Consider also this tidbit from Washington Post writers Greg Miller, Greg Jaffe, and Philip Rucker, in their sweeping survey of Trump’s failure to safeguard the US electoral process, about the ways in which the Intelligence Community has had to alter the Presidential Daily Brief to suit the current chief executive: “US officials declined to discuss whether the stream of recent intelligence on Russia has been shared with Trump. Current and former officials said that his daily intelligence update—known as the president’s daily brief, or PDB—is often structured to avoid upsetting him.”

So the most important, high level, top secret briefings in the world have to be bowdlerized to assuage the ego of the monstrous manchild we inexplicably made our leader?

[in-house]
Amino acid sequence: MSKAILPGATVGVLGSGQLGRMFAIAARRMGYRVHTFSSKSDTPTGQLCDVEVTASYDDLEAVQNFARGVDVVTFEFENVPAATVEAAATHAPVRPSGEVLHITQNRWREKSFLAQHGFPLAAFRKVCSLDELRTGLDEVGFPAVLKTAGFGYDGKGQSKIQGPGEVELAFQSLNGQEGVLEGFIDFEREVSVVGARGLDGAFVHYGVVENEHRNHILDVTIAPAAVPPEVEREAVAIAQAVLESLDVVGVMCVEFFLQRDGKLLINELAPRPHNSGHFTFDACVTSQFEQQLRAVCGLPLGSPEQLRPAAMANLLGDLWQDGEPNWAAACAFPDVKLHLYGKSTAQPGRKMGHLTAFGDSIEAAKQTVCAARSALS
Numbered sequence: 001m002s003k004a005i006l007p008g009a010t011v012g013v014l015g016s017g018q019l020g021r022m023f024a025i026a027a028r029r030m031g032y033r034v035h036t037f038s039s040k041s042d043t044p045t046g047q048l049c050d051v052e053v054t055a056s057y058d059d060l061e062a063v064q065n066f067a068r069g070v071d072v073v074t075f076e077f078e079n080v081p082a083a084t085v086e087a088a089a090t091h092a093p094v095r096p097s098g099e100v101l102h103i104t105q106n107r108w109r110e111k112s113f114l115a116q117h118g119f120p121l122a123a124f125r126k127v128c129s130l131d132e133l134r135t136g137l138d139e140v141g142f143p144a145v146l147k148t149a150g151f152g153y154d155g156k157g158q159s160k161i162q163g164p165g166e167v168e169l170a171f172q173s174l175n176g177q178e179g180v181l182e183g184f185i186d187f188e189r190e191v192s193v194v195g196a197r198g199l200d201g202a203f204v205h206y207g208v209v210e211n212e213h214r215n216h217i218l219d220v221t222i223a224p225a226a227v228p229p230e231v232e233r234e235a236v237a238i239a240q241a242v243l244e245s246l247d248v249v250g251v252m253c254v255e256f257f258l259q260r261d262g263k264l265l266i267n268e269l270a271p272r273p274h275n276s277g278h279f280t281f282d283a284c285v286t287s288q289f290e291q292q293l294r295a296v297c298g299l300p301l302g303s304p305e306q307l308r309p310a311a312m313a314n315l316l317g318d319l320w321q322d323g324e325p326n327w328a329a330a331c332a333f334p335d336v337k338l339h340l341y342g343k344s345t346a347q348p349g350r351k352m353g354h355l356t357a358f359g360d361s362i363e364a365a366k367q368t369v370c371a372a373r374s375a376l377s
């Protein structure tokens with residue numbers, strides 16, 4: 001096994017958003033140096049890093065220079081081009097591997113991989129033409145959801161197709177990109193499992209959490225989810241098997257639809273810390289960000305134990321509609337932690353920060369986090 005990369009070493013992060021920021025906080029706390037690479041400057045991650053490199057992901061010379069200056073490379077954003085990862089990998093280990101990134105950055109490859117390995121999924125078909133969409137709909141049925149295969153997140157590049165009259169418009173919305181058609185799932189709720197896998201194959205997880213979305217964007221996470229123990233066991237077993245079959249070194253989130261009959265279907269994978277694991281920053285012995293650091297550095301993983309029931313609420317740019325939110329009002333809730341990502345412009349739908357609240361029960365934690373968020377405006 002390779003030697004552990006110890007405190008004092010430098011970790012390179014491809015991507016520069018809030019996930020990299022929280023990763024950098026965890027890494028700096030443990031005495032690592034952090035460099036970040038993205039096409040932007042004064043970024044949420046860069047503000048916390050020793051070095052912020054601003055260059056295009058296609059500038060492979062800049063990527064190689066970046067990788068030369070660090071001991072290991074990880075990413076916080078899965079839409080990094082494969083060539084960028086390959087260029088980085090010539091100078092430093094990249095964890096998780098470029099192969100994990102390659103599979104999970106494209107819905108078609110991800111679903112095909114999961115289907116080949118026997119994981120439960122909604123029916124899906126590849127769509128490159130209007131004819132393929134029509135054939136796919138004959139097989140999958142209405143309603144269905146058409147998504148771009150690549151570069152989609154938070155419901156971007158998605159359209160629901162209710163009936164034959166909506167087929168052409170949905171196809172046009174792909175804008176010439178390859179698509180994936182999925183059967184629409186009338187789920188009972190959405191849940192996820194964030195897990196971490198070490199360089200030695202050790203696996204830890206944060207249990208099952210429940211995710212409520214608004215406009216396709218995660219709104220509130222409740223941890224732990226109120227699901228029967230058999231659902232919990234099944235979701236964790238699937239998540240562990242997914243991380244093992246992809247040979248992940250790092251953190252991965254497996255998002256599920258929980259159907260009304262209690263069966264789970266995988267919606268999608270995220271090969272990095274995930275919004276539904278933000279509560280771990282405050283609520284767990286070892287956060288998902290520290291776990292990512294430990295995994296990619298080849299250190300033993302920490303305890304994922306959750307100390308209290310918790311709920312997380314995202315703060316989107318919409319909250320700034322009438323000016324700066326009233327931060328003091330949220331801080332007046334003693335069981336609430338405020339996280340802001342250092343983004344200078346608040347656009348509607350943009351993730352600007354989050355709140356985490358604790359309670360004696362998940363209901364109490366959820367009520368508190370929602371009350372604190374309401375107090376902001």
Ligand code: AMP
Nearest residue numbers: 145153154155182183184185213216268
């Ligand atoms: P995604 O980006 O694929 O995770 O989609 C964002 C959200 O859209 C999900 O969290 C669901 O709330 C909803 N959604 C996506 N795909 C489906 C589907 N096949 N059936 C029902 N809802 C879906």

Dear Republicans: Don’t ever preach to me about patriotism and national security again.


Our intelligence chiefs have called Russian interference in the 2016 election an act of war a par with Pearl Harbor or 9/11. And the President of the United States does not care. He certainly isn’t doing anything to investigate it or prevent it from happening again. As Thomas Friedman writes in the New York Times: “It’s as if George W. Bush had said after 9/11: ‘No big deal. I am going golfing over the weekend in Florida and blogging about how it’s all the Democrats’ fault—no need to hold a National Security Council meeting.’”

Put very simply, Trump is wantonly refusing to execute the most basic duty of his office: safeguarding the security of these United States. Needless to say, that is an absolutely indefensible, appalling abdication of presidential authority, violation of the oath of office, and arguably an impeachable offense. (Yawn. What isn’t these days?) If that isn’t grounds for his removal, I don’t know what is.